The NBA on Tuesday put out a memo on health and safety protocols as well as a player handbook for when the league attempts to resume its season.

The agreed upon format will feature 22 teams and will be played at Disney World in Florida. The league hopes to start playing its eight seeding games by the end of July.

Here’s an overview of some of the key points and possible concerns from the memo and handbook, which were obtained by NBC Sports:

Safety and testing

With the coronavirus pandemic ongoing, safety and testing measures will be highly scrutinized. That’s why the NBA’s memo on the subject is 113 pages long.

From June 23-30, all players that are choosing to play will have reported to their teams and will start being tested. By July 7, teams will begin traveling to Orlando. By July 9, training camps will begin with teams playing in multiple “scrimmages” to get ready for the seeding games.

When players and staff arrive, they’ll have to quarantine for 36 hours and test negative twice in tests that will be at least 24 hours apart. Players and coaches will be subject to “regular” testing, though the memo does not provide specifics. Face coverings will be required outside of when players are eating, in their hotel rooms, when they’re outside or when doing athletic activities. When not playing, players and staff are required to practice social distancing.


If a player does test positive, the league will not necessarily shut down. That player will be forced to quarantine in “Isolation Housing” separate from where team personnel are staying. The player will be retested to be sure the result wasn’t a false positive.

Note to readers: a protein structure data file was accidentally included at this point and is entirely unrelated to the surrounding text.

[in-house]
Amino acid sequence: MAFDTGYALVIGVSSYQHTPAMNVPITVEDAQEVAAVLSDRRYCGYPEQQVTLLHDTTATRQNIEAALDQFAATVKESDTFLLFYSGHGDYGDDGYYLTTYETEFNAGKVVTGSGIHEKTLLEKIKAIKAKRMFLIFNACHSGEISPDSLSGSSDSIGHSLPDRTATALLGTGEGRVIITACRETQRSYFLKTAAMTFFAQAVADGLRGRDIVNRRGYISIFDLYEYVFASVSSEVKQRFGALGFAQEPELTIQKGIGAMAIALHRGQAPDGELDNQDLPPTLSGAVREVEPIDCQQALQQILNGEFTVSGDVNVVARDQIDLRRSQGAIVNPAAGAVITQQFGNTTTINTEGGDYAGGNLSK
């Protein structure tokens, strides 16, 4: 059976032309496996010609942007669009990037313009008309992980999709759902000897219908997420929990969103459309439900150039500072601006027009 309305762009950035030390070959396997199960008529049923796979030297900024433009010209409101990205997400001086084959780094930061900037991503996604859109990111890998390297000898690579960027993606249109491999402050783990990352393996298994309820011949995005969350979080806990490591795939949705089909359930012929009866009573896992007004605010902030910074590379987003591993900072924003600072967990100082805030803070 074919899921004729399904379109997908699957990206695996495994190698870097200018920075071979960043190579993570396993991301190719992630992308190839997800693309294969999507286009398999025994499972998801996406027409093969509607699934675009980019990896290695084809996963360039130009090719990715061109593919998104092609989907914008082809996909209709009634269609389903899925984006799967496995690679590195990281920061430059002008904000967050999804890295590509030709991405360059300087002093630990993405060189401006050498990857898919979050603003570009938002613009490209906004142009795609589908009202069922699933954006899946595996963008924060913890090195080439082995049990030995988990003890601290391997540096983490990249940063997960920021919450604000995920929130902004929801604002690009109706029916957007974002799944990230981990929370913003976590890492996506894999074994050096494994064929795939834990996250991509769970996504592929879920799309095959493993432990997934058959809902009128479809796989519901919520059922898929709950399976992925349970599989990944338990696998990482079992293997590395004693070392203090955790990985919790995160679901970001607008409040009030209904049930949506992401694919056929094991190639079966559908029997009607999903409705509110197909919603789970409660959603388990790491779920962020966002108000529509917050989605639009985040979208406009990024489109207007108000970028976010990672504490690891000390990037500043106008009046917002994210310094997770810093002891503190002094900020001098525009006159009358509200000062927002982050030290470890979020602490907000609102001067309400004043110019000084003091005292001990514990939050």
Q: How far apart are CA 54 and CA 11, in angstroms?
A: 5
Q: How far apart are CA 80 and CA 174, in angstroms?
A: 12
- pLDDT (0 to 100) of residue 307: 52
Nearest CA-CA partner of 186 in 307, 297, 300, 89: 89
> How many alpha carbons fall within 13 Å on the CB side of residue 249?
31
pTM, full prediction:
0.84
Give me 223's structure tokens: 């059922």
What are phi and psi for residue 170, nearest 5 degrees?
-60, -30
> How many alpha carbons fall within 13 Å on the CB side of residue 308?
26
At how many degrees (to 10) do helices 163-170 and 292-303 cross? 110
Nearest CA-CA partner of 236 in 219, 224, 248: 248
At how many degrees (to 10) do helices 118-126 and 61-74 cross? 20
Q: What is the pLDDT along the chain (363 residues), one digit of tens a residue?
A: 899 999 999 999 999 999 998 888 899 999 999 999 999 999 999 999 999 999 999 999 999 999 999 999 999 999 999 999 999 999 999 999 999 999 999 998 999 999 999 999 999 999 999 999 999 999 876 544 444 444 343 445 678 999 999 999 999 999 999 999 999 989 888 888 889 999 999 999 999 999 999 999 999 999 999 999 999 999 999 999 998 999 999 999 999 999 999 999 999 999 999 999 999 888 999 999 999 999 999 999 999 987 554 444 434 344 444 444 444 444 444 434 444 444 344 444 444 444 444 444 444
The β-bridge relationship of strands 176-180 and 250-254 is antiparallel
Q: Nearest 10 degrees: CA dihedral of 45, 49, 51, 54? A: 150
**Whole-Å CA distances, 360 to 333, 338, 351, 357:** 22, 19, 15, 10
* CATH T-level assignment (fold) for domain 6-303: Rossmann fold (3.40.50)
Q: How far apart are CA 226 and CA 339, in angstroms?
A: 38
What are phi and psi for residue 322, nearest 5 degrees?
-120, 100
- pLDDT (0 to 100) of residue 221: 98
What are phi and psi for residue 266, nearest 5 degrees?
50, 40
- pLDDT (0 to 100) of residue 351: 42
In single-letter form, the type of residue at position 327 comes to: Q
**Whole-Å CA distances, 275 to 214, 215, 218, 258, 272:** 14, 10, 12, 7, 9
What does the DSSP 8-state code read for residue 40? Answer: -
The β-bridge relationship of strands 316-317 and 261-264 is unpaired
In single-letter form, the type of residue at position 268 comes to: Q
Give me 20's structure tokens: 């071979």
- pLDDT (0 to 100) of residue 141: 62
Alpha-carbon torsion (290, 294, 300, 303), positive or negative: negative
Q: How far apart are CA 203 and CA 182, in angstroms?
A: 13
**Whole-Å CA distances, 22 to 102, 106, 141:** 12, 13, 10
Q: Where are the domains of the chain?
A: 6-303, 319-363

According to the memo, there will not be a specific amount of time someone will have to remain quarantined after a positive test. Instead, a safe return to the team will be based on the following:

• The infected individual is without symptoms associated with COVID-19. 

• The infected individual satisfies the CDC’s test-based strategy for resolution (which, as of the date of these Protocols, requires returning at least two consecutive negative PCR test results more than 24 hours apart).  

• The infected individual undergoes and is cleared following a medical evaluation by an NBA-designated consulting infectious disease physician (and, for any player or team staff member, in consultation with a team physician), including any additional testing or isolation period that the physician may require.

Players can leave the campus, but if they do so without team and league permission, they’ll be subject to a mandatory 10-day quarantine. Family emergencies and extenuating factors will allow players and staff to leave “the bubble.” Individuals with an approved reason to leave are subject to four days of quarantine. 

Staying at Disney

The teams will stay at three hotels in Disney — the Gran Destino Tower, the Grand Floridian and the Yacht Club. As far as which teams stay in which hotels, it will go by seeding. The higher seed you are, the better hotel accommodations.